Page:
Dr. Patterson was elected ninth president of Washington & Jefferson College on March 24, 1950, and inaugurated June 10. He was born in McKeesport, Pennsylvania, April 23, 1902, and was graduated from Washington & Jefferson in 1923, completing his studies in three years. He was a member of the well-known Crumrine family of Washington County and a third generation W & J graduate. His father, John P. Patterson, had attended W & J, Class of 1885, and his grandfather, Boyd Crumrine, a noted local historian, was in the Class of 1860 (Jefferson College). Dr. Patterson spent three years at Johns Hopkins University where he earned both a Master's and Doctor's degree in mathematics. He was a member of the faculty at W & J for one year, 1926-27, leaving to become Associate Professor of Mathematics at Hamilton College, Clinton, New York. He was Head of the Mathematics Department at Hamilton from 1943 until his return to W & J. He was a member of Phi Beta Kappa, Society of Sigma Xi, the American Association for the Advancement of Science, the American Mathematics Society and the Mathematical Association of America, and also a member of Phi Kappa Psi. He authored "Projective Geometry" in 1937. Dr. Patterson retired June 30, 1970, after 20 years as president of W & J.
Dr. Patterson's plans for the College included curriculum revisions, updating admissions standards and generally to enhance W & J's reputation. The fifties and sixties saw major renovations and building on the campus. Begun the previous year, the Phi Gamma Delta Fraternity House, adjacent to Mellon and Upperclass Dormitories, was dedicated on November 11, 1950. In 1952 reminders of the College's World War II participation disappeared when Jefferson Hall, the last of the two war surplus barracks, was torn down, going the way of Washington Hall which was dismantled in late 1950. The Student Center (now the ITS Building), the first project to be completed under the Ten-Year Development Program, opened its doors in early 1957. Construction and improvements to the athletic field were also completed.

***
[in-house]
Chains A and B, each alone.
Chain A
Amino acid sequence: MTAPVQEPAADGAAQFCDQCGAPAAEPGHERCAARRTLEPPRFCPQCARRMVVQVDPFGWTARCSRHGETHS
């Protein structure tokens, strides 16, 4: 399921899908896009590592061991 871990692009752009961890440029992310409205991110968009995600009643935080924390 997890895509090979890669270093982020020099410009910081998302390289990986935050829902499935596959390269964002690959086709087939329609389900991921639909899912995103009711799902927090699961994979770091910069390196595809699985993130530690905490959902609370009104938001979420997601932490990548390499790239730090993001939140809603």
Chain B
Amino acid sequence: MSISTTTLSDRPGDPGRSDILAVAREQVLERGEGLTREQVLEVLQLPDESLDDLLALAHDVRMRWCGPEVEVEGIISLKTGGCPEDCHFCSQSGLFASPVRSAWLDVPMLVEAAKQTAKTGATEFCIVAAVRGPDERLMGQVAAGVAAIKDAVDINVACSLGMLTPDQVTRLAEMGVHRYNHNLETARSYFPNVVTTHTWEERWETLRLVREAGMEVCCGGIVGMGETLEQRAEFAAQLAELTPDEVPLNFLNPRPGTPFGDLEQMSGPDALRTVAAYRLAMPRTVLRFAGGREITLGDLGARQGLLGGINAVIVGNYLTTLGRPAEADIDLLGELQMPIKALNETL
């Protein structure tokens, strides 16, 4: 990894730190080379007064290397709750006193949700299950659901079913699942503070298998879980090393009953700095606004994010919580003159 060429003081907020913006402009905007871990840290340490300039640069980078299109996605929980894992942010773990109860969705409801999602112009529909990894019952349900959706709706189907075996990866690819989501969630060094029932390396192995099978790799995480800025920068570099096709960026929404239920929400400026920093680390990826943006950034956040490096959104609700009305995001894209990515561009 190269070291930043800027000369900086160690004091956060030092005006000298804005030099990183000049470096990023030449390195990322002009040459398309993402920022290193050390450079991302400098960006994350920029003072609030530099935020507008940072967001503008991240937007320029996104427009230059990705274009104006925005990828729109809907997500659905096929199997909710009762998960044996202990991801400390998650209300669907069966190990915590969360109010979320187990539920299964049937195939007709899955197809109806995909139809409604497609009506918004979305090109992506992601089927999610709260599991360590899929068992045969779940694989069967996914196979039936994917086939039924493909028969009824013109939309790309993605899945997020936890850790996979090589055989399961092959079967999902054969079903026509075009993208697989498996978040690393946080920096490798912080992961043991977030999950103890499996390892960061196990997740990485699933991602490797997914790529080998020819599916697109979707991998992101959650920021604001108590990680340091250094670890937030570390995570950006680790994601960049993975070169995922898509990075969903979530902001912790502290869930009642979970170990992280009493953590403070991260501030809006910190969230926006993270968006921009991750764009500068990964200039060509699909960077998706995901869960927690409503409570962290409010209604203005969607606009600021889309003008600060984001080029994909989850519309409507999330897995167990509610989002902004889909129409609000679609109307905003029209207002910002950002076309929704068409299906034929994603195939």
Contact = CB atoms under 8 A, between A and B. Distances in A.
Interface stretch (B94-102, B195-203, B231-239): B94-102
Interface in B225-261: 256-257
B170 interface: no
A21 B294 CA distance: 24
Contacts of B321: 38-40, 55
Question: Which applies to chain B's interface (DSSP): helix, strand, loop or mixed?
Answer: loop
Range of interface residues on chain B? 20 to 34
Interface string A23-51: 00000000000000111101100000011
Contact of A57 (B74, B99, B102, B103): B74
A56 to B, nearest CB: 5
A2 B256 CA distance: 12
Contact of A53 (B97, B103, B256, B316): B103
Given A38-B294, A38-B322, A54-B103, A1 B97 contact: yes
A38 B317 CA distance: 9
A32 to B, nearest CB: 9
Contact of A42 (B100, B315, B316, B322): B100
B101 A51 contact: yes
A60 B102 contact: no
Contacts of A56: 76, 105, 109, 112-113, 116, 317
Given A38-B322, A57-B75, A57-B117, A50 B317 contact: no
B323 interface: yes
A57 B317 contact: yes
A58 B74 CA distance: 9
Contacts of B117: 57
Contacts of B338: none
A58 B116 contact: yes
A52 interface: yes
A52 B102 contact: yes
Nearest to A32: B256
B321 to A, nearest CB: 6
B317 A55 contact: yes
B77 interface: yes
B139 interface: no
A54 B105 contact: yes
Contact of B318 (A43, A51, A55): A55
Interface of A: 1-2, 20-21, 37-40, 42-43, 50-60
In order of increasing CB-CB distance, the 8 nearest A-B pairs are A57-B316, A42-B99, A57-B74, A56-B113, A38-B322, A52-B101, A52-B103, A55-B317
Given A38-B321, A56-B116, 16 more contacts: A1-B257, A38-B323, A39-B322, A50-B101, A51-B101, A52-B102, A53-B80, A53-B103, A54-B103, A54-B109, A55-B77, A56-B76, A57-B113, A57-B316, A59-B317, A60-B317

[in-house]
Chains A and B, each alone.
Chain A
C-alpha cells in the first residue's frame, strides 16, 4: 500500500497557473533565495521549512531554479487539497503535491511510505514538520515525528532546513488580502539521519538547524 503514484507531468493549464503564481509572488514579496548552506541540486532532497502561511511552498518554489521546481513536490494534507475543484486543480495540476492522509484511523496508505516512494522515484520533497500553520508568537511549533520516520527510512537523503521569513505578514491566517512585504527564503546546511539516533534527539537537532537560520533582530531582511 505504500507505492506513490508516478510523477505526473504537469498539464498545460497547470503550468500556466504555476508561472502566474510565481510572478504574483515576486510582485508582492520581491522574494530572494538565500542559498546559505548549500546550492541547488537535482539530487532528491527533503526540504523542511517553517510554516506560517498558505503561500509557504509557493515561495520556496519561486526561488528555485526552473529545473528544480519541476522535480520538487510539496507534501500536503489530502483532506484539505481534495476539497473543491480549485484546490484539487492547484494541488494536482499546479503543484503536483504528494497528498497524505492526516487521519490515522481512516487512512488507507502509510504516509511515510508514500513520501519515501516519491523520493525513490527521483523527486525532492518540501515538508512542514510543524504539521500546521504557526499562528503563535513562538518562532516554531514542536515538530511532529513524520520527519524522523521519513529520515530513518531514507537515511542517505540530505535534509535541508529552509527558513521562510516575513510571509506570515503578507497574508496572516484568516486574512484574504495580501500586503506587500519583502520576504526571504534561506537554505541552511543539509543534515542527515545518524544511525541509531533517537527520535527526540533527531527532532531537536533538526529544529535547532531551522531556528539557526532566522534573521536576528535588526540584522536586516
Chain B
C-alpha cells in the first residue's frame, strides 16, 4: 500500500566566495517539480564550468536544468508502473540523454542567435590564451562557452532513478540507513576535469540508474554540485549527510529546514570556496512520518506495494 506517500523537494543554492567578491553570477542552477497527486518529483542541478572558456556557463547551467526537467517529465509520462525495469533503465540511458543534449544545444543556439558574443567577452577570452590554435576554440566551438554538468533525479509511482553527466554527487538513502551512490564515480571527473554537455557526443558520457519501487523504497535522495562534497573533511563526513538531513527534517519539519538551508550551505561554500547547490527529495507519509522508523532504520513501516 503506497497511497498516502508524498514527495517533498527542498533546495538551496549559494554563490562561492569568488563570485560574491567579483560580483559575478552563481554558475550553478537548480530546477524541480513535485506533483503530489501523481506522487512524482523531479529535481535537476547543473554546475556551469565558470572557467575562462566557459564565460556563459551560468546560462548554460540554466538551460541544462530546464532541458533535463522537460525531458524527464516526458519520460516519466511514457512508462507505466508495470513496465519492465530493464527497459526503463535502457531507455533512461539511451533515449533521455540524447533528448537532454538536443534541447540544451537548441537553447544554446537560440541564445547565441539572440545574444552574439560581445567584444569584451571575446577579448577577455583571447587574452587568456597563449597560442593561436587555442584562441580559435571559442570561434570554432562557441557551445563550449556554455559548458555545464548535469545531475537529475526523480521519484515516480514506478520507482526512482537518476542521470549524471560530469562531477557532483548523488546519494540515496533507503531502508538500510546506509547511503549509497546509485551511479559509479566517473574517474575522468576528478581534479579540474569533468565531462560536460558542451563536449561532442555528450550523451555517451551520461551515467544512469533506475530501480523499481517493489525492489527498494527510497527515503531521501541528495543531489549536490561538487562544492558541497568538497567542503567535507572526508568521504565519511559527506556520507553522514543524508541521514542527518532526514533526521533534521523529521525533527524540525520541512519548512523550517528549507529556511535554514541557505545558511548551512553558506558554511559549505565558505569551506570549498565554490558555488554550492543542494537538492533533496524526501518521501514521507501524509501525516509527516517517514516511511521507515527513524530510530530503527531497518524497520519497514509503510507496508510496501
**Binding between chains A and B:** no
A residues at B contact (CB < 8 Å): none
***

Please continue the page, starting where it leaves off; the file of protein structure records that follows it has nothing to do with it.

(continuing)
1965 saw the completion of the U. Grant Miller Library. The Commons, providing dining facilities for the entire campus, and the Residential Center, a group of individual units providing housing for ten fraternities, were completed in 1968. The first of two new Residence Halls housing 120 men each was also completed in 1968, and the second unit in 1969. The new physical education building began construction in the summer of 1967 and was dedicated on February 7, 1970, as the Wilbur F. Henry Memorial Physical Education Center. In all, 17 buildings were constructed during Dr. Patterson's administration.
Perhaps the most momentous innovation of Dr. Patterson's term occurred when the possibility of coeducation at W & J was introduced. On December 12, 1969, the Board of Trustees voted to authorize admission of women as undergraduate students, effective in September 1970.
Photograph courtesy of Observer Publishing Company.